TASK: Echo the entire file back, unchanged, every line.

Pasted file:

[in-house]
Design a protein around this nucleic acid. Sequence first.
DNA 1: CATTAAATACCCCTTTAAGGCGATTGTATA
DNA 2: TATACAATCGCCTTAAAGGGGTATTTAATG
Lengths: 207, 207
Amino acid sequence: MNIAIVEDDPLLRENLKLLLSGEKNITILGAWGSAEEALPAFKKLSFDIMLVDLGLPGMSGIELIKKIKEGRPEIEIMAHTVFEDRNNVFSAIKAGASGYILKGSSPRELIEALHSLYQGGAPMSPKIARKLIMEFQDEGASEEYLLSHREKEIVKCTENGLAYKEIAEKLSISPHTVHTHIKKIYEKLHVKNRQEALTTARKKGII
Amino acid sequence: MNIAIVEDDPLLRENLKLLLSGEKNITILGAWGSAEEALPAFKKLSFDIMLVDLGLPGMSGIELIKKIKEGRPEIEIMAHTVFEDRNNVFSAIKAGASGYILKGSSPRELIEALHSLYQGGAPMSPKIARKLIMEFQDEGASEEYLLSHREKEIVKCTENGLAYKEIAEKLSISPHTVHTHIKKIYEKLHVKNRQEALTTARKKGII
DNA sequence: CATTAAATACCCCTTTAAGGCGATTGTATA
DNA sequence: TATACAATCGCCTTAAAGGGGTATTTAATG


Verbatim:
[in-house]
Design a protein around this nucleic acid. Sequence first.
DNA 1: CATTAAATACCCCTTTAAGGCGATTGTATA
DNA 2: TATACAATCGCCTTAAAGGGGTATTTAATG
Lengths: 207, 207
Amino acid sequence: MNIAIVEDDPLLRENLKLLLSGEKNITILGAWGSAEEALPAFKKLSFDIMLVDLGLPGMSGIELIKKIKEGRPEIEIMAHTVFEDRNNVFSAIKAGASGYILKGSSPRELIEALHSLYQGGAPMSPKIARKLIMEFQDEGASEEYLLSHREKEIVKCTENGLAYKEIAEKLSISPHTVHTHIKKIYEKLHVKNRQEALTTARKKGII
Amino acid sequence: MNIAIVEDDPLLRENLKLLLSGEKNITILGAWGSAEEALPAFKKLSFDIMLVDLGLPGMSGIELIKKIKEGRPEIEIMAHTVFEDRNNVFSAIKAGASGYILKGSSPRELIEALHSLYQGGAPMSPKIARKLIMEFQDEGASEEYLLSHREKEIVKCTENGLAYKEIAEKLSISPHTVHTHIKKIYEKLHVKNRQEALTTARKKGII
DNA sequence: CATTAAATACCCCTTTAAGGCGATTGTATA
DNA sequence: TATACAATCGCCTTAAAGGGGTATTTAATG